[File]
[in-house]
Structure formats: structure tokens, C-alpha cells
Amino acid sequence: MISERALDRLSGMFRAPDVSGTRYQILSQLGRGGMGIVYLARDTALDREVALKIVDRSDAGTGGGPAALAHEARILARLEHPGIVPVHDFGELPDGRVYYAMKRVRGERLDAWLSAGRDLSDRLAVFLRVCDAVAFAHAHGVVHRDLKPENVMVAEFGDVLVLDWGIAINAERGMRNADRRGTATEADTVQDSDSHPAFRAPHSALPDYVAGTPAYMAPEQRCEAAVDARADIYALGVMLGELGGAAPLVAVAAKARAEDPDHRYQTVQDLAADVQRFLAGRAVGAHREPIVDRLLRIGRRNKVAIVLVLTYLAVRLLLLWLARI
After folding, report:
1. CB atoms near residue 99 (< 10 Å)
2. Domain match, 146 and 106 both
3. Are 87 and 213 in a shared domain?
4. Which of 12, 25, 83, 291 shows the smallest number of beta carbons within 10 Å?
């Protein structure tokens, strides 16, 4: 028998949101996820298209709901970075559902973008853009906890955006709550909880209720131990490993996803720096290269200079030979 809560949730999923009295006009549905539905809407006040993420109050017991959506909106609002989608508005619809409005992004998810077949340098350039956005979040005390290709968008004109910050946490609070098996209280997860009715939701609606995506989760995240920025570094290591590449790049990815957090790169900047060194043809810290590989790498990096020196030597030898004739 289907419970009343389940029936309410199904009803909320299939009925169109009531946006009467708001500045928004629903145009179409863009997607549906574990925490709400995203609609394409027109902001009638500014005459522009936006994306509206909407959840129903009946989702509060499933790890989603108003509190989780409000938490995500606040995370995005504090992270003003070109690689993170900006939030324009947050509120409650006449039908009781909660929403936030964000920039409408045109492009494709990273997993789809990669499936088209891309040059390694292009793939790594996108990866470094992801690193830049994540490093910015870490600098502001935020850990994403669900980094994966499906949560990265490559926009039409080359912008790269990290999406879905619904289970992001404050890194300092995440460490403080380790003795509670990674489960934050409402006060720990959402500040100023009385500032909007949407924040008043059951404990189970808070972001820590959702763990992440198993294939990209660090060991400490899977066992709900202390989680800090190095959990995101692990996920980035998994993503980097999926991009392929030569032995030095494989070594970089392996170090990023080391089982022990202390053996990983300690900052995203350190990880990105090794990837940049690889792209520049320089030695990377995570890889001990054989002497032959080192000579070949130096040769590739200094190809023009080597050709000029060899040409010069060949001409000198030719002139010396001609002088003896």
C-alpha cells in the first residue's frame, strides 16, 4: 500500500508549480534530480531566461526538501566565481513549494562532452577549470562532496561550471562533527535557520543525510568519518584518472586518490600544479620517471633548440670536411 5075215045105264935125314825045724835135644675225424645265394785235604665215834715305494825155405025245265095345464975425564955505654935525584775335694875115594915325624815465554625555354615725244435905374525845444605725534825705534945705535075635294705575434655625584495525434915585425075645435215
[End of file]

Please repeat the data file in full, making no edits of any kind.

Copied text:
[in-house]
Structure formats: structure tokens, C-alpha cells
Amino acid sequence: MISERALDRLSGMFRAPDVSGTRYQILSQLGRGGMGIVYLARDTALDREVALKIVDRSDAGTGGGPAALAHEARILARLEHPGIVPVHDFGELPDGRVYYAMKRVRGERLDAWLSAGRDLSDRLAVFLRVCDAVAFAHAHGVVHRDLKPENVMVAEFGDVLVLDWGIAINAERGMRNADRRGTATEADTVQDSDSHPAFRAPHSALPDYVAGTPAYMAPEQRCEAAVDARADIYALGVMLGELGGAAPLVAVAAKARAEDPDHRYQTVQDLAADVQRFLAGRAVGAHREPIVDRLLRIGRRNKVAIVLVLTYLAVRLLLLWLARI
After folding, report:
1. CB atoms near residue 99 (< 10 Å)
2. Domain match, 146 and 106 both
3. Are 87 and 213 in a shared domain?
4. Which of 12, 25, 83, 291 shows the smallest number of beta carbons within 10 Å?
């Protein structure tokens, strides 16, 4: 028998949101996820298209709901970075559902973008853009906890955006709550909880209720131990490993996803720096290269200079030979 809560949730999923009295006009549905539905809407006040993420109050017991959506909106609002989608508005619809409005992004998810077949340098350039956005979040005390290709968008004109910050946490609070098996209280997860009715939701609606995506989760995240920025570094290591590449790049990815957090790169900047060194043809810290590989790498990096020196030597030898004739 289907419970009343389940029936309410199904009803909320299939009925169109009531946006009467708001500045928004629903145009179409863009997607549906574990925490709400995203609609394409027109902001009638500014005459522009936006994306509206909407959840129903009946989702509060499933790890989603108003509190989780409000938490995500606040995370995005504090992270003003070109690689993170900006939030324009947050509120409650006449039908009781909660929403936030964000920039409408045109492009494709990273997993789809990669499936088209891309040059390694292009793939790594996108990866470094992801690193830049994540490093910015870490600098502001935020850990994403669900980094994966499906949560990265490559926009039409080359912008790269990290999406879905619904289970992001404050890194300092995440460490403080380790003795509670990674489960934050409402006060720990959402500040100023009385500032909007949407924040008043059951404990189970808070972001820590959702763990992440198993294939990209660090060991400490899977066992709900202390989680800090190095959990995101692990996920980035998994993503980097999926991009392929030569032995030095494989070594970089392996170090990023080391089982022990202390053996990983300690900052995203350190990880990105090794990837940049690889792209520049320089030695990377995570890889001990054989002497032959080192000579070949130096040769590739200094190809023009080597050709000029060899040409010069060949001409000198030719002139010396001609002088003896």
C-alpha cells in the first residue's frame, strides 16, 4: 500500500508549480534530480531566461526538501566565481513549494562532452577549470562532496561550471562533527535557520543525510568519518584518472586518490600544479620517471633548440670536411 5075215045105264935125314825045724835135644675225424645265394785235604665215834715305494825155405025245265095345464975425564955505654935525584775335694875115594915325624815465554625555354615725244435905374525845444605725534825705534945705535075635294705575434655625584495525434915585425075645435215